Global Mental Well-Being Report Card Shows Little Progress

by Denis Storey
March 12, 2024 at 2:19 PM UTC

Sapien Labs’ fourth annual report reveals an enduring global decline in mental well-being since the onset of the pandemic.

Clinical relevance: Sapien Labs’ fourth annual report reveals an enduring global decline in mental well-being since the onset of the pandemic.

  • Researchers used a Mental Health Quotient (MHQ) to measure mental well-being across 71 countries, showing no significant improvement since 2021.
  • Younger generations, particularly those under 35, experienced the most significant decline in mental well-being during the pandemic, attributed to factors like early smartphone ownership, ultra-processed food consumption, and deteriorating family connections.
  • Wealthier countries like the United Kingdom and Australia rank lower in mental well-being, while African and Latin American countries tend to top the rankings.

The damage we’ve all suffered since the start of the pandemic seems to be enduring. According to Sapien Labs’ fourth annual “Mental State of the World Report,” the pronounced drop in mental well-being that swept across the globe alongside the virus between 2019 and 2020 shows little sign of recovery.

“The insights in this report paint a worrying post-pandemic picture and highlight the urgent need to better understand the drivers of our collective mental well-being,” Sapien Labs Founder and Chief Scientist Tara Thiagarajan said in a press release.

Measuring Mental Well-Being

The report, which covered 419,175 Internet-enabled participants across 71 countries, eschewed metrics such as happiness or satisfaction. Instead, the researchers relied on the Mental Health Quotient (MHQ), “which captures perceptions of 47 aspects of mental capability and functioning on a life impact scale.”

As a result, the study’s authors tracked mental well-being as it “inherently reflects an individual’s sense of how their inner state impacts their ability to function within their life context rather than an absolute of human mental function.”

The researchers had participants take an anonymous online survey that produced the MHQ score. This score placed participants on a scale anywhere between “distressed” to “thriving.” In addition to measuring an individual’s well-being, the score also better evaluates someone’s functional capacity.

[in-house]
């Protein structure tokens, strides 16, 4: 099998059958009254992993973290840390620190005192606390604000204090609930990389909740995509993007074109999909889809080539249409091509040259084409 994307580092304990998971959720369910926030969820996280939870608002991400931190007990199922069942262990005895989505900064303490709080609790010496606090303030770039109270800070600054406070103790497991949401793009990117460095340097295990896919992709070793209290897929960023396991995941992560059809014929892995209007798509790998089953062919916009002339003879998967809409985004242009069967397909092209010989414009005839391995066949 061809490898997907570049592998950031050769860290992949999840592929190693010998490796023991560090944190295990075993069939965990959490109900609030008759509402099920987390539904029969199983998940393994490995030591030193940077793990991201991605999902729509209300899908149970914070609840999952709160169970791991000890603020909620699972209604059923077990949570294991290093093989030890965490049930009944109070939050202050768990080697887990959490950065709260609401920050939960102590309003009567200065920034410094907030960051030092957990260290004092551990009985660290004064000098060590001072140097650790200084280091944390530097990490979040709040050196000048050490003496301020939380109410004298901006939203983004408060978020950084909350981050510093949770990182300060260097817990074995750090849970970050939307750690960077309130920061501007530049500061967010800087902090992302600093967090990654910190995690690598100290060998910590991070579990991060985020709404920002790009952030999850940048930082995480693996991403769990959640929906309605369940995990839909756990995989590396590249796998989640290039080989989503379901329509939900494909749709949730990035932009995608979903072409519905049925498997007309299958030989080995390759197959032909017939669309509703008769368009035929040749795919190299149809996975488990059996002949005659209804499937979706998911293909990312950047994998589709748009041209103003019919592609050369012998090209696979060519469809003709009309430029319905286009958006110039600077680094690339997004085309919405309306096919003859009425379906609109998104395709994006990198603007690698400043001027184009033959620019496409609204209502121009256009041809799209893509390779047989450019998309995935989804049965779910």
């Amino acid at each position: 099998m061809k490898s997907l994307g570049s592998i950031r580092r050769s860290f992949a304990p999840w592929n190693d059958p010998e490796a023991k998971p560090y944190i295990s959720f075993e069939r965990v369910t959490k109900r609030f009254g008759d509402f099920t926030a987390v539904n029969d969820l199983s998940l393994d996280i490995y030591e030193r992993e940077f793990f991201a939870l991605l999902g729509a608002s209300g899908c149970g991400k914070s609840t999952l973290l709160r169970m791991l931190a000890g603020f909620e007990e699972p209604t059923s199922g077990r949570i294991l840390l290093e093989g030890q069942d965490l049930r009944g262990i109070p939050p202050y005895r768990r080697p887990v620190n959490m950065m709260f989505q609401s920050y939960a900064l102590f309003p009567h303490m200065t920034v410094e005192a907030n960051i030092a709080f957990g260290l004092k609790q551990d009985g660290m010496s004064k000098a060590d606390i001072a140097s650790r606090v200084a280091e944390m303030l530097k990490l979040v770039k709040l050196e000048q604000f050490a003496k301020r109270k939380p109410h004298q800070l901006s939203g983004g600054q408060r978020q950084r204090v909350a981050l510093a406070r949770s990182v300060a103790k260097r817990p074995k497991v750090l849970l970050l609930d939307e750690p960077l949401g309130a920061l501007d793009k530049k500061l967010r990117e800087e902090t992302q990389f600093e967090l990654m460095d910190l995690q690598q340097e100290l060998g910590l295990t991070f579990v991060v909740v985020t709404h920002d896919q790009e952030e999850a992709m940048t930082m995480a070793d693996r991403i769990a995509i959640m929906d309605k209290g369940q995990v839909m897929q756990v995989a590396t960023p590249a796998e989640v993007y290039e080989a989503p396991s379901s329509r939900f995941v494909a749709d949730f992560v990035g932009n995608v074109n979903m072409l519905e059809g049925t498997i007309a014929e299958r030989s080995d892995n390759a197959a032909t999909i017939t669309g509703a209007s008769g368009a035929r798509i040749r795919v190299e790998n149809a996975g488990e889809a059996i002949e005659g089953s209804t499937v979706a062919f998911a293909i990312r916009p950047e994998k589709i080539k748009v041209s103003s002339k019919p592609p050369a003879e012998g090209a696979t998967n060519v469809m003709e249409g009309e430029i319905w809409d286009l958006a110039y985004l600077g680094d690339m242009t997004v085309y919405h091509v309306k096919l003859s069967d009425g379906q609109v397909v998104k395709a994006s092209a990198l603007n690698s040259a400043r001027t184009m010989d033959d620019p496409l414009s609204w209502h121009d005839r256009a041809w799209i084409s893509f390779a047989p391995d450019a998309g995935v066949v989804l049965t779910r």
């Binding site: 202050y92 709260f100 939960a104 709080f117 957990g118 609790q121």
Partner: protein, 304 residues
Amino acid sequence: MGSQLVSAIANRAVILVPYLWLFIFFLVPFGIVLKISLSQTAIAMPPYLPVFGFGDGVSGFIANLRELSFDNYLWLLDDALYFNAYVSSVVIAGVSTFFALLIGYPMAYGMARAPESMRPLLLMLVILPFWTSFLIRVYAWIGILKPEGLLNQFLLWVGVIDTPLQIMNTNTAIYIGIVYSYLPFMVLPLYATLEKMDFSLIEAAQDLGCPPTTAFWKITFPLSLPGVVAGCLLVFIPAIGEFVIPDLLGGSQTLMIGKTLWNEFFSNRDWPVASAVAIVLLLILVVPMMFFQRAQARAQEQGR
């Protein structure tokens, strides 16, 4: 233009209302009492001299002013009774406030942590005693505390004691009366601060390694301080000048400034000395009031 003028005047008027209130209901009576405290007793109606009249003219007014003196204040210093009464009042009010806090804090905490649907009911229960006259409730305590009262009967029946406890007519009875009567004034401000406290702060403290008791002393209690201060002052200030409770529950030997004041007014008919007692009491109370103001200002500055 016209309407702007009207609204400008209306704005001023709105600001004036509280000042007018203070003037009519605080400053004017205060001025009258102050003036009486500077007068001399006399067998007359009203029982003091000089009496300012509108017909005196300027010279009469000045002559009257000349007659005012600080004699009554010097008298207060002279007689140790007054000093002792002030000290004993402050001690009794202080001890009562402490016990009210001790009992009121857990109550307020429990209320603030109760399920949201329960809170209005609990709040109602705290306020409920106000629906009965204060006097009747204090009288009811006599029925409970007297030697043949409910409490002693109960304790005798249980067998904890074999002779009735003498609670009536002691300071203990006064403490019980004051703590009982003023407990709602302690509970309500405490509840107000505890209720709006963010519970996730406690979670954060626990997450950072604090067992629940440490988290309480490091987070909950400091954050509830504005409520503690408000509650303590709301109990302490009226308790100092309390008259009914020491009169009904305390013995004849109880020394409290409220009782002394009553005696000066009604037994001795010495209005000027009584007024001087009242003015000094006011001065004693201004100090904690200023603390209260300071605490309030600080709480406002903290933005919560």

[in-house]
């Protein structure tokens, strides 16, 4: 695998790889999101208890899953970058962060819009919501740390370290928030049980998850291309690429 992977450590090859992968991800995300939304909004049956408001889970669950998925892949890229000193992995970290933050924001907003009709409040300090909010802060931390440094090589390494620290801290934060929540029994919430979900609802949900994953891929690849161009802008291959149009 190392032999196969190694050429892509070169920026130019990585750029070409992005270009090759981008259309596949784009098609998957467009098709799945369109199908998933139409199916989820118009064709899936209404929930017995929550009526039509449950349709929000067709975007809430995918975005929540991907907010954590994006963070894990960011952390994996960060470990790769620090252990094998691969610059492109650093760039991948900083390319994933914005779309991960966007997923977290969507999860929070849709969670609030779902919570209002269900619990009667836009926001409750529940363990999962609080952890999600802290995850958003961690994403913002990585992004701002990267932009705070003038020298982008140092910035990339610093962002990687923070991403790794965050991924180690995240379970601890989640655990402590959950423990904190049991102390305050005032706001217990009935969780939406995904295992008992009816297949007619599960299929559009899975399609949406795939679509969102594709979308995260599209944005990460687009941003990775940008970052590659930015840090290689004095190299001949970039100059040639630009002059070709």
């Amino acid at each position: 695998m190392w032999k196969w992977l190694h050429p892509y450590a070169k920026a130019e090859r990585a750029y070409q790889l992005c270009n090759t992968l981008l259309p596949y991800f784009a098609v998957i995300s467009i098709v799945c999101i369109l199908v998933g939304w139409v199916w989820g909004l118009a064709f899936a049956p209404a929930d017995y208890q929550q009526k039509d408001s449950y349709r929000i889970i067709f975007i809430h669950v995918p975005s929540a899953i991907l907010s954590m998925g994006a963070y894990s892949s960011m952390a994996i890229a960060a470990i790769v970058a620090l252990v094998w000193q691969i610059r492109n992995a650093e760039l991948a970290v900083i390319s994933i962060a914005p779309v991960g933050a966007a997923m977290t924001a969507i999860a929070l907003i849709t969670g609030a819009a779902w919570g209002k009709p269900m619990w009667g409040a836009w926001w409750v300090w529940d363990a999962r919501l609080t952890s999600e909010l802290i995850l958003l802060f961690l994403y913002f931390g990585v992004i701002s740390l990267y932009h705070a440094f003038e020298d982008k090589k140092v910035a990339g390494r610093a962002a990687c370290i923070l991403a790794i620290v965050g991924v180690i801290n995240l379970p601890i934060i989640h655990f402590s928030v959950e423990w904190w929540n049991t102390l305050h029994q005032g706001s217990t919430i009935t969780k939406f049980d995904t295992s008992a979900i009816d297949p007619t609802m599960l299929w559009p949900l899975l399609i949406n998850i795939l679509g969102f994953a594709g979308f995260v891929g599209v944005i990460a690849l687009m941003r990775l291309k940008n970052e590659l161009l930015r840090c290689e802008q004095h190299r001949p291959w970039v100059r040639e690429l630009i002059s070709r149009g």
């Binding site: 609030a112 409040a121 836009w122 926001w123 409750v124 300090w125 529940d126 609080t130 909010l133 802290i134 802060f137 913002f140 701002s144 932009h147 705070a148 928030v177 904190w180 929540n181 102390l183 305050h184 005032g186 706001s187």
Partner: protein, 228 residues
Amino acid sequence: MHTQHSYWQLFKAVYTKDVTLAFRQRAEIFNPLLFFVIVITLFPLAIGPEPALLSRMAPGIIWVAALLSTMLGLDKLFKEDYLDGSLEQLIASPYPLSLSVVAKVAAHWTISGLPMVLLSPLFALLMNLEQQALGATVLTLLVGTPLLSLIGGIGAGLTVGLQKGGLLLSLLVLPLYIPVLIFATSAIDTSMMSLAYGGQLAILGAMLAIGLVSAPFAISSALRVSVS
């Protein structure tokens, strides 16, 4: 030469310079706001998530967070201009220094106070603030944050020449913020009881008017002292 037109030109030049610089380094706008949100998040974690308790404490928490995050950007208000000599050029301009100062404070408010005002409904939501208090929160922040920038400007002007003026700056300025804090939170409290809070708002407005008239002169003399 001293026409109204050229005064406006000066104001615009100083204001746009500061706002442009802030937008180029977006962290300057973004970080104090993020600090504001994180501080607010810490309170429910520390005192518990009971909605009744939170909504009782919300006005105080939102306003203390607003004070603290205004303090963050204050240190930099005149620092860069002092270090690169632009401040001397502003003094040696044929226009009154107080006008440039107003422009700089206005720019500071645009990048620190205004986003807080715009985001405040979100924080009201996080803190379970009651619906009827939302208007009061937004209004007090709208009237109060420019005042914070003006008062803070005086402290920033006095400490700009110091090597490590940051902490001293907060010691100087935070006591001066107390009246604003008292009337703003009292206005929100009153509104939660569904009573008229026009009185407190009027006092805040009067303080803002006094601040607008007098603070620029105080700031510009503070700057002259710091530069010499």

Global Mental Health Remains Stagnant

“The average MHQ score across the 71 countries measured in 2023 was 65 on the 300-point MHQ scale,” the researchers wrote. “Across the spectrum of mental well-being, 27 percent of respondents were Distressed or Struggling (MHQ scores of below 0), while 38 percent were Succeeding or Thriving (MHQ scores above 100). This is nearly identical to the global figures from last year.”

In fact, the numbers remain largely unchanged since 2021. This suggests that while our collective mental health hasn’t worsened, it hasn’t improved, either.

Younger Generations Suffering

Younger generations, particularly those under age 35, suffered the steepest declines in mental well-being during the pandemic, tumbling between 14 percent and 17 percent.

Major factors that threaten the mental well-being of the younger survey respondents, as indicated in earlier research, include:

  • Smartphone ownership at a younger age. “For example, 74 percent of female respondents aged 18-24 who got their first smartphone at age 6 had MHQ scores that fell within a Distressed or Struggling range. This decreased to 61 percent for those who acquired their first smartphone at age 10, and 52 percent for those who acquired their first smartphone at age 15.”
  • Ultra-processed food consumption. “For example, we found that over half of those who eat ultra-processed food daily are Distressed or Struggling with their mental well-being, compared to just 18% of those who rarely or never consume ultra-processed food, an almost 3-fold increase. 
  • Deteriorating family connections. we found that 10% of 18-24 year olds did not get along with any of their family and preferred not to see them compared to only 3% of the oldest generation. At the same time, the risk of mental health challenges in adulthood is four times lower if you have close family relationships.

Notably, especially given their great health threat, those over 65 saw little to no drop in their mental well-being. 

As in previous years, several African and Latin American countries topped the country rankings. Wealthier countries, on the other hand, such as the United Kingdom and Australia, rank near the bottom.

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